The Role of Phosphorylation in the Regulation of p27 Function in Breast Cancer
Annual Summary rept. 1 May 2002-30 Apr 2003
SUNNYBROOK AND WOMENS COLL HEALTH SCIENCES CENTER TORONTO (ONTARIO)
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Breast Cancer is a tragic disease that affects an increasing number of North American women each year. Although much is known about the disease, it appears this knowledge merely touches the surface of the mechanisms which underlie disease progression, often leading to patient death. Loss of the cell cycle inhibitor p27 in Breast Cancer Cells is known to be associated with advanced stage disease progression and poor patient prognosis. However, the mechanisms regulating the loss of p27 are only beginning to be understood. This proposal addresses the role of p27 phosphorylation on regulating p27 degradation. We find that the mitogen activated protein kinase MAPK pathway can lead to accelerated p27 degradation and a reduced protein half-life. Furthermore, MAPK activation alters p27 phosphorylation and increases p27 nuclear export. Opposite effects on p27 are observed when the MAPK pathway is inhibited by the drug U0l26. This indicates the importance of this pathway in mediating p27 loss. Further work is being conducted to precisely determine the sites on p27 which are phosphorylated by MAPK which will lead to a better understanding of the potential mechanisms mediating p27 loss in Breast Cancer. The hope is that these results will lead to new therapeutic drug discovery.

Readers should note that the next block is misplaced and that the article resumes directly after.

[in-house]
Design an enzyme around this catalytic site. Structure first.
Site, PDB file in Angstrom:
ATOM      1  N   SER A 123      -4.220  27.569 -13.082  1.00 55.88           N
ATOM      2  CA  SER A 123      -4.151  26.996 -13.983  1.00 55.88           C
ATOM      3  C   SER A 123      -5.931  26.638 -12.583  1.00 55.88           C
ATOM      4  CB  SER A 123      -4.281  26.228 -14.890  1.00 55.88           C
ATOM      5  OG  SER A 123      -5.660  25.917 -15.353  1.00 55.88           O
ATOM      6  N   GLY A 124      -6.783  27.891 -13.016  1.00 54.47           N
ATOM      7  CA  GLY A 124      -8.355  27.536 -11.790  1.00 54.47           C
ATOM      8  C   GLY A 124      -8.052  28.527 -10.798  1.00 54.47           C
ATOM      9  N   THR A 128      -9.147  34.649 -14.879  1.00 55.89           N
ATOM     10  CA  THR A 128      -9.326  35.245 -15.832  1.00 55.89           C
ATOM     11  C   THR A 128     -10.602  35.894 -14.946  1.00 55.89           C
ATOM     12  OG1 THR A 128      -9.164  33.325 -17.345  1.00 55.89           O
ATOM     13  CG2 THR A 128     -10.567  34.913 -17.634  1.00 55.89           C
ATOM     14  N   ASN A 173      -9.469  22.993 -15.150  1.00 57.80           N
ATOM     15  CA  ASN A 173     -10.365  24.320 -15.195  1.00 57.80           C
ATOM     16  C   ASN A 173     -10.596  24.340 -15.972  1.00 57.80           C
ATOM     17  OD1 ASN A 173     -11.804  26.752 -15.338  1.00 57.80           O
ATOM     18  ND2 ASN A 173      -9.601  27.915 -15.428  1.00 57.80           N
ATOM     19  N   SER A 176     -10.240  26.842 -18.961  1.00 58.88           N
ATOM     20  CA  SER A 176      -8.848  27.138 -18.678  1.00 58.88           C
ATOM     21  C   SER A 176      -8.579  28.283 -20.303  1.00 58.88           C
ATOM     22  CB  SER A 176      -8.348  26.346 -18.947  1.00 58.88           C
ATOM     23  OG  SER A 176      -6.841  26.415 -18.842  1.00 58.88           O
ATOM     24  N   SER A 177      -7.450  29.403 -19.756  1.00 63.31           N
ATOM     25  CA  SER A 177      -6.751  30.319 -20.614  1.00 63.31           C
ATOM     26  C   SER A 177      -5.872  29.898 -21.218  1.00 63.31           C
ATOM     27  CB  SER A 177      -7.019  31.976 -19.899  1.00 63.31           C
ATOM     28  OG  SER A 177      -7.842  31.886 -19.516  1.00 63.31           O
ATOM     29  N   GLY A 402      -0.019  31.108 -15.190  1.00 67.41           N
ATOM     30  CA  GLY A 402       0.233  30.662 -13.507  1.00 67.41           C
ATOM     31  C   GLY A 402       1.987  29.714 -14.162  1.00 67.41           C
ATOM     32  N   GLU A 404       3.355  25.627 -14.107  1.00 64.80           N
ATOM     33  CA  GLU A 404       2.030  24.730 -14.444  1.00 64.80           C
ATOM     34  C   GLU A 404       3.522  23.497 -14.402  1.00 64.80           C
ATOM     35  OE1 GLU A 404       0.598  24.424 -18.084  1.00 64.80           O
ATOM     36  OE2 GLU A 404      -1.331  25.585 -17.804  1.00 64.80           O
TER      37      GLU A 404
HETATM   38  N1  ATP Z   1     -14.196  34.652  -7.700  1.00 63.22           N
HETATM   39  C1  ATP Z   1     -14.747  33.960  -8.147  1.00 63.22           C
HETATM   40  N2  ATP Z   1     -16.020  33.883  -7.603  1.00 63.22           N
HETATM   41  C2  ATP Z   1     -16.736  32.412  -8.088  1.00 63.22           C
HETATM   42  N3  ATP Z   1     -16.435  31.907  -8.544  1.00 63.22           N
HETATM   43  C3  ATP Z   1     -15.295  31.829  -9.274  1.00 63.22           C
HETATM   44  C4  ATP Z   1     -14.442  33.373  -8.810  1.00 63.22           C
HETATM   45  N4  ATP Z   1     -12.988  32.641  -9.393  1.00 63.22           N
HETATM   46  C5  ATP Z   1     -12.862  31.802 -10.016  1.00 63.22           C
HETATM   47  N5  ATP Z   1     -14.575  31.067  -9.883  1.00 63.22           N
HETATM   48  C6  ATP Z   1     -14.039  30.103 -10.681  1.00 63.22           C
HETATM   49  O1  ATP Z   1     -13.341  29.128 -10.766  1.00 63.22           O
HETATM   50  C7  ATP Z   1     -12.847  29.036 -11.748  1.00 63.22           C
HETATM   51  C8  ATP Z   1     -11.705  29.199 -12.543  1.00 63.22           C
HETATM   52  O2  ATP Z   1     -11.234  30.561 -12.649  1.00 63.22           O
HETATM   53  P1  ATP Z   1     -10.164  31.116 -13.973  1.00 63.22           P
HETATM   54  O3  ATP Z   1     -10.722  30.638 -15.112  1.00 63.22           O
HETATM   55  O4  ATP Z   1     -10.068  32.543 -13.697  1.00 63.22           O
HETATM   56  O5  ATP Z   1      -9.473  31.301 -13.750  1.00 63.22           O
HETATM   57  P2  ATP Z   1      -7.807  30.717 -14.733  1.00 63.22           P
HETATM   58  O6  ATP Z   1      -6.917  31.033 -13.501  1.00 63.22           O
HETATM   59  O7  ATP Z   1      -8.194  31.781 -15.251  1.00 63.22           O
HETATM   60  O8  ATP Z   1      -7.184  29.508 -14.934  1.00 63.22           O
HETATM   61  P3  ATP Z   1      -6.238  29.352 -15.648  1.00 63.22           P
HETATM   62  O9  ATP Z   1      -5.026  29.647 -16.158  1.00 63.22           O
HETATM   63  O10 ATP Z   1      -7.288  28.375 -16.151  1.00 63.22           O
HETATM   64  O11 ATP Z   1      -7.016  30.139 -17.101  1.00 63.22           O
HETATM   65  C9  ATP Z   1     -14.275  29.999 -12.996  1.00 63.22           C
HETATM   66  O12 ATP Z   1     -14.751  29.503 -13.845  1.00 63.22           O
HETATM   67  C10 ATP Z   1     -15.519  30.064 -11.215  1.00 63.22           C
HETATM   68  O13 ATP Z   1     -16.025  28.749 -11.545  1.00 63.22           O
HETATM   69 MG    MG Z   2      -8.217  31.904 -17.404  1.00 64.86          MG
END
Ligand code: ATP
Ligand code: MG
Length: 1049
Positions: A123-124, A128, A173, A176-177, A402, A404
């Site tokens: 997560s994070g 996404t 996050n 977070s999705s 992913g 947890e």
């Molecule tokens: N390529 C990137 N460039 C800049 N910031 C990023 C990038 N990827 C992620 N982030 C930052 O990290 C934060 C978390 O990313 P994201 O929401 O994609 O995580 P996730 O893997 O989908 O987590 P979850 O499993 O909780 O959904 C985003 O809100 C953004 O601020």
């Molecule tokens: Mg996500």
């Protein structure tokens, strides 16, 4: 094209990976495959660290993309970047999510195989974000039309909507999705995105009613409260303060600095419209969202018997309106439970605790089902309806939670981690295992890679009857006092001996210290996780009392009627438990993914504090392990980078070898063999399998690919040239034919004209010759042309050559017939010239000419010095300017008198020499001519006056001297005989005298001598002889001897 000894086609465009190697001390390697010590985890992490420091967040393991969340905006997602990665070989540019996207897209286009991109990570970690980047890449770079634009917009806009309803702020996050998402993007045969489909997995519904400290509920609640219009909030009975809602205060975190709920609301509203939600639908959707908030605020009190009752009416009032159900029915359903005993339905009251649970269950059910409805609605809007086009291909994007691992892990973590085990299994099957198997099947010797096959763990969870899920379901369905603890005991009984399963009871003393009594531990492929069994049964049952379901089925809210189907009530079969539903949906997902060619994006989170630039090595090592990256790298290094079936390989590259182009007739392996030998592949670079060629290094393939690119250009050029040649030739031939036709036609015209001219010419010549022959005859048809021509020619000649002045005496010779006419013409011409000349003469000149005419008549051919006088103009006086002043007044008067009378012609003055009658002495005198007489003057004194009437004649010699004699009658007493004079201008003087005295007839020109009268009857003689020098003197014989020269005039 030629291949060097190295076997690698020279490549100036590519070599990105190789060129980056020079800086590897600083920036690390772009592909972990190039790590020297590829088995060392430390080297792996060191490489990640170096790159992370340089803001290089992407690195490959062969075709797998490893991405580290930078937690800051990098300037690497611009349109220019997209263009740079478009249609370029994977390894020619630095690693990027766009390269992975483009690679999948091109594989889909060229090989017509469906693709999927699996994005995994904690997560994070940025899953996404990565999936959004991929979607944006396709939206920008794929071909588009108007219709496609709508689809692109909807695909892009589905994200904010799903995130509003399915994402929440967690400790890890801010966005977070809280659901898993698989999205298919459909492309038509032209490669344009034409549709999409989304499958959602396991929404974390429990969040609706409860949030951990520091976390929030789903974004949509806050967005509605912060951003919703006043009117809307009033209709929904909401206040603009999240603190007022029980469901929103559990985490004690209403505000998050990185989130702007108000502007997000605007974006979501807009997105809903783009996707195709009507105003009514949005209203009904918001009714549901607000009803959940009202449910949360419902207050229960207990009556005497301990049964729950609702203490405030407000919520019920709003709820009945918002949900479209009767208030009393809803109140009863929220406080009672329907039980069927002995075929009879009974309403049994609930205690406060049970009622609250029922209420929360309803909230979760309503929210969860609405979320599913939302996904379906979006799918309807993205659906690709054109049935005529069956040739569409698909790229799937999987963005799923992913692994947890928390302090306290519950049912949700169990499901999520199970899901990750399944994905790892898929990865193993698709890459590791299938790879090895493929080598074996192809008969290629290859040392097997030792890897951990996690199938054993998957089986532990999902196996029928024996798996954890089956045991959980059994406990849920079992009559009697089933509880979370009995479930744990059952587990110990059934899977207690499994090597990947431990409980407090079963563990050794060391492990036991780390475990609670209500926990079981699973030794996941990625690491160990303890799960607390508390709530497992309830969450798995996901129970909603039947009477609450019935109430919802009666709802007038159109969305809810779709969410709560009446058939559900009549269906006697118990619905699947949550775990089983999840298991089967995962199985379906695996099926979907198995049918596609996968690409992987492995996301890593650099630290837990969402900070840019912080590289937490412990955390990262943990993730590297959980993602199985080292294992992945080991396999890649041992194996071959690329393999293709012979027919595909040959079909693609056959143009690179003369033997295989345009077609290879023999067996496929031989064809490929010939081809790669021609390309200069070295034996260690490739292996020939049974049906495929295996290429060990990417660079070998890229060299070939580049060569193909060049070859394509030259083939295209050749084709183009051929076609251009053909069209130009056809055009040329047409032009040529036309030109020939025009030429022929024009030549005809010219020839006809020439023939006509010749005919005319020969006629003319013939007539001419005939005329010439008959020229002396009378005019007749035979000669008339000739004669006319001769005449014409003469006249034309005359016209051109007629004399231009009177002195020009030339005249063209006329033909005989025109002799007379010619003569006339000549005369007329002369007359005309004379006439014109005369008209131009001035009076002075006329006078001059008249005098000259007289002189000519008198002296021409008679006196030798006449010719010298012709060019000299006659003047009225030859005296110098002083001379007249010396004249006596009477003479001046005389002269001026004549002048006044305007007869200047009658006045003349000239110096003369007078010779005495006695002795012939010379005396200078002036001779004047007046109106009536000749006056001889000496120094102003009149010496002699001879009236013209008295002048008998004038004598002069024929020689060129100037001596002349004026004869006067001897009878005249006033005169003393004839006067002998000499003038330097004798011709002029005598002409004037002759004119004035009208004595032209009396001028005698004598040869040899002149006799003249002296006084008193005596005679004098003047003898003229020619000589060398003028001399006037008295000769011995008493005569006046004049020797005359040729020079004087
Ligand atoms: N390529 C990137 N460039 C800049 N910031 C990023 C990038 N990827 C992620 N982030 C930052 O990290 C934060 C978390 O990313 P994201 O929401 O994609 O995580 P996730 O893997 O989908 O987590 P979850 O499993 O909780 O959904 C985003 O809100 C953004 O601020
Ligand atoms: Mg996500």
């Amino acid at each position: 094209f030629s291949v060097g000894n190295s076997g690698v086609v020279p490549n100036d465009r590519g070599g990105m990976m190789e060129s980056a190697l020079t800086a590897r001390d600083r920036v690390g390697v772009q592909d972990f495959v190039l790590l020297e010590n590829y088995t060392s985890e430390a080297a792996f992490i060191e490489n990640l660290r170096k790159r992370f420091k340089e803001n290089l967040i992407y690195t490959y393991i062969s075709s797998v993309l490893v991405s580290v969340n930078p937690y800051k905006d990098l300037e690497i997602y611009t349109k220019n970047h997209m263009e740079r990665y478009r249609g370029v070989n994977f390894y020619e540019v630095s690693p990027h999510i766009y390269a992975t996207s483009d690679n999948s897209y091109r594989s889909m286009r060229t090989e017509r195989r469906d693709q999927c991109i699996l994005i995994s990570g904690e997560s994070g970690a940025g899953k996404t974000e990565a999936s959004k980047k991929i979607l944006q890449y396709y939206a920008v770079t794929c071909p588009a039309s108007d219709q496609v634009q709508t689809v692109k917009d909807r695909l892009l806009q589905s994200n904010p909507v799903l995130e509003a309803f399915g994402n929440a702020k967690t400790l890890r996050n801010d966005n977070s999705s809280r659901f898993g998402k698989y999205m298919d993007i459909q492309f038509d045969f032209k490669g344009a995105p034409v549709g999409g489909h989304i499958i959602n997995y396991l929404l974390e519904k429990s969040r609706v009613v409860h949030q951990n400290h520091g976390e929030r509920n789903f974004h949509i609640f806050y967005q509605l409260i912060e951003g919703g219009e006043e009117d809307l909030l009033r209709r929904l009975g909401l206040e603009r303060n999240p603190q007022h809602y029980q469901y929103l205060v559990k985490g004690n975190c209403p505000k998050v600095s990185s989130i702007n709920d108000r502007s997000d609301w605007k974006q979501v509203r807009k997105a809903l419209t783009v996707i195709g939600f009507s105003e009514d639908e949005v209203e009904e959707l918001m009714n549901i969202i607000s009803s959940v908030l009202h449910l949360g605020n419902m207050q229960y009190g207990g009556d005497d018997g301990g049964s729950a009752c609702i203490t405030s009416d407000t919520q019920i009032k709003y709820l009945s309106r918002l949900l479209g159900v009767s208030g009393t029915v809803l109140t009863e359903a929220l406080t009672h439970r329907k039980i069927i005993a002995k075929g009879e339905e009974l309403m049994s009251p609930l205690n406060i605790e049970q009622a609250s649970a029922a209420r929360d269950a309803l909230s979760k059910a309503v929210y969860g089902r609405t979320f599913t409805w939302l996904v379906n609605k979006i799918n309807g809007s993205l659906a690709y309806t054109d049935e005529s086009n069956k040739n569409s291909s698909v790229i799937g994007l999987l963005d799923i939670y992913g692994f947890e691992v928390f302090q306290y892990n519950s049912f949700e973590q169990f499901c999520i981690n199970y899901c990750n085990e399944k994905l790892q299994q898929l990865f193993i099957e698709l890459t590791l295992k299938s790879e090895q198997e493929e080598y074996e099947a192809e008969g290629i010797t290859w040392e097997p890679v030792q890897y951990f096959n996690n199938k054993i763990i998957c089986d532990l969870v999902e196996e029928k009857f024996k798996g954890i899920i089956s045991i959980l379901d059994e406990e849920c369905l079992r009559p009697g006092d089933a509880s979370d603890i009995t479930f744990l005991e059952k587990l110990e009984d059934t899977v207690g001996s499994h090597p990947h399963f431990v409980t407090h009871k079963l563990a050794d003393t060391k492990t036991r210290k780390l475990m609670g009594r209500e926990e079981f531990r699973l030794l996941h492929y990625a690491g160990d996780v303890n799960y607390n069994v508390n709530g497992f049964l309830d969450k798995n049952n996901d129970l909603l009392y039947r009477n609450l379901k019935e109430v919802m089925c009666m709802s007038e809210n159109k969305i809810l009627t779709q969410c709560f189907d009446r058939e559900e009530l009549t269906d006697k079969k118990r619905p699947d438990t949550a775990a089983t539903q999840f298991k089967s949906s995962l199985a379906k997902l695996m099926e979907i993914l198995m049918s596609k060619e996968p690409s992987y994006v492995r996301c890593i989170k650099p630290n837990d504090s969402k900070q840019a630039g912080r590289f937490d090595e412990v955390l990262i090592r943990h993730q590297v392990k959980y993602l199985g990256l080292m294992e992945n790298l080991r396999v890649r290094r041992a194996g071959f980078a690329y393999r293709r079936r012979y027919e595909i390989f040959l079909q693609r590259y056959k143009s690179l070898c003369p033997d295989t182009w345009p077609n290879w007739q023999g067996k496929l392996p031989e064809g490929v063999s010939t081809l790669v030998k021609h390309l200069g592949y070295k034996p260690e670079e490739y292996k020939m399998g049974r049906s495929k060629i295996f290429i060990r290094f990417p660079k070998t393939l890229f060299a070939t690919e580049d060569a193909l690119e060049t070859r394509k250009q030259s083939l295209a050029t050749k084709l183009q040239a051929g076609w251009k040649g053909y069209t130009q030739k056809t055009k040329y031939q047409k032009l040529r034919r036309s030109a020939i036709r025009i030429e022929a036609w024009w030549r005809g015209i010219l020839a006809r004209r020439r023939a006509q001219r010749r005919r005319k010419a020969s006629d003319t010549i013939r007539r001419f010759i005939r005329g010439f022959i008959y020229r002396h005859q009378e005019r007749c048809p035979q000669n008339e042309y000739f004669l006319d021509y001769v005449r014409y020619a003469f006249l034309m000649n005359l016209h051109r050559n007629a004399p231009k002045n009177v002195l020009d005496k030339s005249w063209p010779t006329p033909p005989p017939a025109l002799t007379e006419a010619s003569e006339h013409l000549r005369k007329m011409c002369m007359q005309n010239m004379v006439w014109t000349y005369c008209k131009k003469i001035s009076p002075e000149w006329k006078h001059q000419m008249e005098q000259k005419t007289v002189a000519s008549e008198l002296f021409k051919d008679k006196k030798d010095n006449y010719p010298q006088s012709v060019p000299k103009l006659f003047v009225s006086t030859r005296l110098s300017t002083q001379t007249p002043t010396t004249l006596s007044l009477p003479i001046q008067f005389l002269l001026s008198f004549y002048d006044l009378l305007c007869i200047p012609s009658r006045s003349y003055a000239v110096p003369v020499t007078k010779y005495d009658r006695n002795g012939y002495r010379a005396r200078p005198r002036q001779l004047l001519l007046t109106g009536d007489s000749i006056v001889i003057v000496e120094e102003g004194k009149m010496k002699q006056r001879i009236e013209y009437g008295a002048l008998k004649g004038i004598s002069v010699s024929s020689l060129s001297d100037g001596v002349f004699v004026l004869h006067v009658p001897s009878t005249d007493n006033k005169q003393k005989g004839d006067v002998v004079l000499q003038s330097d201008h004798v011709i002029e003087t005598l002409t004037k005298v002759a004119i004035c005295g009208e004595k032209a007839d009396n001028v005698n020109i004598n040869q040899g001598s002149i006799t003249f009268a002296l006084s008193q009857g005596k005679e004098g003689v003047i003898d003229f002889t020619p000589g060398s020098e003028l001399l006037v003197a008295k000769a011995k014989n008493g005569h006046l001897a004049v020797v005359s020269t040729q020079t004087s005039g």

- Medicine and Medical Research